When PETA's giant dinosaur attacked D.C., residents were shaking in their boots. But at the unveiling of our latest enormous animal, a 12-meter-tall baby seal named Sparky, Halifax residents let out a collective "Aww!"
As a crowd gathered to watch the Olympic torch pass through Halifax—they weren't able to miss Sparky, who was right on the heels of the torch:
We've teamed up with the International Fund for Animal Welfare (IFAW) to inflate Sparky and put him on a mission to educate Canadians about the annual seal slaughter. Sparky is set to visit each city that the torch travels to until it reaches the final Vancouver Olympics destination.
Once residents recover from cute overload, Sparky and our crew will be enlisting them to call on their representatives in Parliament to support legislation to end the slaughter. As the Vancouver Olympic Games approach, all eyes are on Canada—and now is the time to put an end to this cruel industry.
Written by Liz Graffeo
The Thomson Correctional Center in Illinois is on a short list of sites that are being considered to house the Guantanamo detainees, but if the nearly empty prison doesn't get chosen, we've got the perfect back-up plan: We're asking the facility to house the Thomson All Living Beings Empathy Center. Not only would the center teach visitors about compassion, it would also create jobs for tour guides, cafeteria workers, and others, promoting economic growth in these difficult times.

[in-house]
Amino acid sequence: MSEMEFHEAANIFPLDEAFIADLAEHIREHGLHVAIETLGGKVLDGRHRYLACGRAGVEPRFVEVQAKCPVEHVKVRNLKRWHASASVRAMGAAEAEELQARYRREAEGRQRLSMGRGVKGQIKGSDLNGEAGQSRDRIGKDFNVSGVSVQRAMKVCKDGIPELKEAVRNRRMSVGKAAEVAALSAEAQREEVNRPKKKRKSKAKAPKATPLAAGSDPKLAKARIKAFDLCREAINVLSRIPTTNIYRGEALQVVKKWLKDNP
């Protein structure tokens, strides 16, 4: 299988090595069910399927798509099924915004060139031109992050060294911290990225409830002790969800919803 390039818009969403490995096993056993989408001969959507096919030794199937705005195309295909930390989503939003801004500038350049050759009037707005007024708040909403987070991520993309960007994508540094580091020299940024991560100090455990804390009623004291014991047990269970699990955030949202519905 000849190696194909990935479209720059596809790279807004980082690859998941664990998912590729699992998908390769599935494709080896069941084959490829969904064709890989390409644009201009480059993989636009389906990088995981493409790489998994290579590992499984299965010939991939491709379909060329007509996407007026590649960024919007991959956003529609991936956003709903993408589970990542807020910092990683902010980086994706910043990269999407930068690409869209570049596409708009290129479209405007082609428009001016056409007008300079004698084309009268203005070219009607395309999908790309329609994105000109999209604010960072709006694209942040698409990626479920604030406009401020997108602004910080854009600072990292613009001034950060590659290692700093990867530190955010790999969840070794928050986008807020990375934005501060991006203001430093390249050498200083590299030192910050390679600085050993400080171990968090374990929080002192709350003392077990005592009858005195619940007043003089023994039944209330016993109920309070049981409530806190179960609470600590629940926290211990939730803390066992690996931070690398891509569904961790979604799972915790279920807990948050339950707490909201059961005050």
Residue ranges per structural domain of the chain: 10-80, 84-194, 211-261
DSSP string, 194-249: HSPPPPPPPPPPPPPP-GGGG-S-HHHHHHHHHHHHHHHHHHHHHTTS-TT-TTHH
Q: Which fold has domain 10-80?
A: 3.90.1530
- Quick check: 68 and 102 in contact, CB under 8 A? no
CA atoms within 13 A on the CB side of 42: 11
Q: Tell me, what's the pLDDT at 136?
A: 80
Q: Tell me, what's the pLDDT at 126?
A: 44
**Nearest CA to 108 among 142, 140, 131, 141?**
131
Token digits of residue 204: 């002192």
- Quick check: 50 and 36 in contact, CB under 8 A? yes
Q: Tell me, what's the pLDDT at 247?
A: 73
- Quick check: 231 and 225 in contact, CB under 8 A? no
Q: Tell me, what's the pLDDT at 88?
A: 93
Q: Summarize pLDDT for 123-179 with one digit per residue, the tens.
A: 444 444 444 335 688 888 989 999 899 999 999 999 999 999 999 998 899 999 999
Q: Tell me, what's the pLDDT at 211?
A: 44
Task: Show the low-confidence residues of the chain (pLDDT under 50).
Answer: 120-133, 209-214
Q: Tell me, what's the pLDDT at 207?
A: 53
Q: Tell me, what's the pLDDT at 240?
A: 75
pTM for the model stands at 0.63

We can't think of a more appropriate site for our Animal Liberation Project (ALP) than a prison. The ALP is a display that takes viewers through a history of the discrimination and suffering of humans and other beings—from the Crusades to human slavery and from animal circuses to factory farms—reminding people that suffering is suffering, no matter who the victim is.